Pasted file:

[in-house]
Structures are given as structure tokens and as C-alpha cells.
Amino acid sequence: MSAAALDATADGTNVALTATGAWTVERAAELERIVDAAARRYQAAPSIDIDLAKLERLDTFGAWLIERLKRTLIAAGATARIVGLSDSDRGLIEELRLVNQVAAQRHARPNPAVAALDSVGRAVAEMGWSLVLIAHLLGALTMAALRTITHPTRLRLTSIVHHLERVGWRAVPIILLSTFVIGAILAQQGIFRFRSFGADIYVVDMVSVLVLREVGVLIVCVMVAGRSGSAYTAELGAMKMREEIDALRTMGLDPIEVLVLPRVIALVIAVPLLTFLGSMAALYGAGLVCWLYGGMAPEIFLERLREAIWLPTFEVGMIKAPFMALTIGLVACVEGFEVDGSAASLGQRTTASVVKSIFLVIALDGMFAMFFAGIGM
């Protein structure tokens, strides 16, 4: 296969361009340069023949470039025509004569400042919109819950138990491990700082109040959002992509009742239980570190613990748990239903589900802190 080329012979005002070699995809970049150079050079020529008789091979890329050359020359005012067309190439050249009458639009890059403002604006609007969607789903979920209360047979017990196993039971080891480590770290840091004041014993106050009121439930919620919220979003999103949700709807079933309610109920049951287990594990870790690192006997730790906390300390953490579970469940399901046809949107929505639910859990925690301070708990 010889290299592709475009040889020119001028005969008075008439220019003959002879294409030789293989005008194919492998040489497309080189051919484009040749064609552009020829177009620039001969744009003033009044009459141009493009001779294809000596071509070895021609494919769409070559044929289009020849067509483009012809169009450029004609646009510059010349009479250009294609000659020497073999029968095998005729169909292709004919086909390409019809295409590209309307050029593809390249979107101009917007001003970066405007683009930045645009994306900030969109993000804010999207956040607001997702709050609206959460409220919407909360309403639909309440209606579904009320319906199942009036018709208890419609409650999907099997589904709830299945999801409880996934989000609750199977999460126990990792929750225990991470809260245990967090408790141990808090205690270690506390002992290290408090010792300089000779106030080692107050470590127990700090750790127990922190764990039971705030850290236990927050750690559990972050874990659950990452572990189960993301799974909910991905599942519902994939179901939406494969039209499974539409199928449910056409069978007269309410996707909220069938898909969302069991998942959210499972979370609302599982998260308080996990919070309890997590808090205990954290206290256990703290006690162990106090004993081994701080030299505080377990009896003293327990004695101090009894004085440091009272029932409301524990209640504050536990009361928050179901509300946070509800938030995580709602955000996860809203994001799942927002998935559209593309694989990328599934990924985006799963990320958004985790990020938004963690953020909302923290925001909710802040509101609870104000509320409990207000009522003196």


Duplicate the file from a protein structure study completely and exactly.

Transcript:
[in-house]
Structures are given as structure tokens and as C-alpha cells.
Amino acid sequence: MSAAALDATADGTNVALTATGAWTVERAAELERIVDAAARRYQAAPSIDIDLAKLERLDTFGAWLIERLKRTLIAAGATARIVGLSDSDRGLIEELRLVNQVAAQRHARPNPAVAALDSVGRAVAEMGWSLVLIAHLLGALTMAALRTITHPTRLRLTSIVHHLERVGWRAVPIILLSTFVIGAILAQQGIFRFRSFGADIYVVDMVSVLVLREVGVLIVCVMVAGRSGSAYTAELGAMKMREEIDALRTMGLDPIEVLVLPRVIALVIAVPLLTFLGSMAALYGAGLVCWLYGGMAPEIFLERLREAIWLPTFEVGMIKAPFMALTIGLVACVEGFEVDGSAASLGQRTTASVVKSIFLVIALDGMFAMFFAGIGM
């Protein structure tokens, strides 16, 4: 296969361009340069023949470039025509004569400042919109819950138990491990700082109040959002992509009742239980570190613990748990239903589900802190 080329012979005002070699995809970049150079050079020529008789091979890329050359020359005012067309190439050249009458639009890059403002604006609007969607789903979920209360047979017990196993039971080891480590770290840091004041014993106050009121439930919620919220979003999103949700709807079933309610109920049951287990594990870790690192006997730790906390300390953490579970469940399901046809949107929505639910859990925690301070708990 010889290299592709475009040889020119001028005969008075008439220019003959002879294409030789293989005008194919492998040489497309080189051919484009040749064609552009020829177009620039001969744009003033009044009459141009493009001779294809000596071509070895021609494919769409070559044929289009020849067509483009012809169009450029004609646009510059010349009479250009294609000659020497073999029968095998005729169909292709004919086909390409019809295409590209309307050029593809390249979107101009917007001003970066405007683009930045645009994306900030969109993000804010999207956040607001997702709050609206959460409220919407909360309403639909309440209606579904009320319906199942009036018709208890419609409650999907099997589904709830299945999801409880996934989000609750199977999460126990990792929750225990991470809260245990967090408790141990808090205690270690506390002992290290408090010792300089000779106030080692107050470590127990700090750790127990922190764990039971705030850290236990927050750690559990972050874990659950990452572990189960993301799974909910991905599942519902994939179901939406494969039209499974539409199928449910056409069978007269309410996707909220069938898909969302069991998942959210499972979370609302599982998260308080996990919070309890997590808090205990954290206290256990703290006690162990106090004993081994701080030299505080377990009896003293327990004695101090009894004085440091009272029932409301524990209640504050536990009361928050179901509300946070509800938030995580709602955000996860809203994001799942927002998935559209593309694989990328599934990924985006799963990320958004985790990020938004963690953020909302923290925001909710802040509101609870104000509320409990207000009522003196």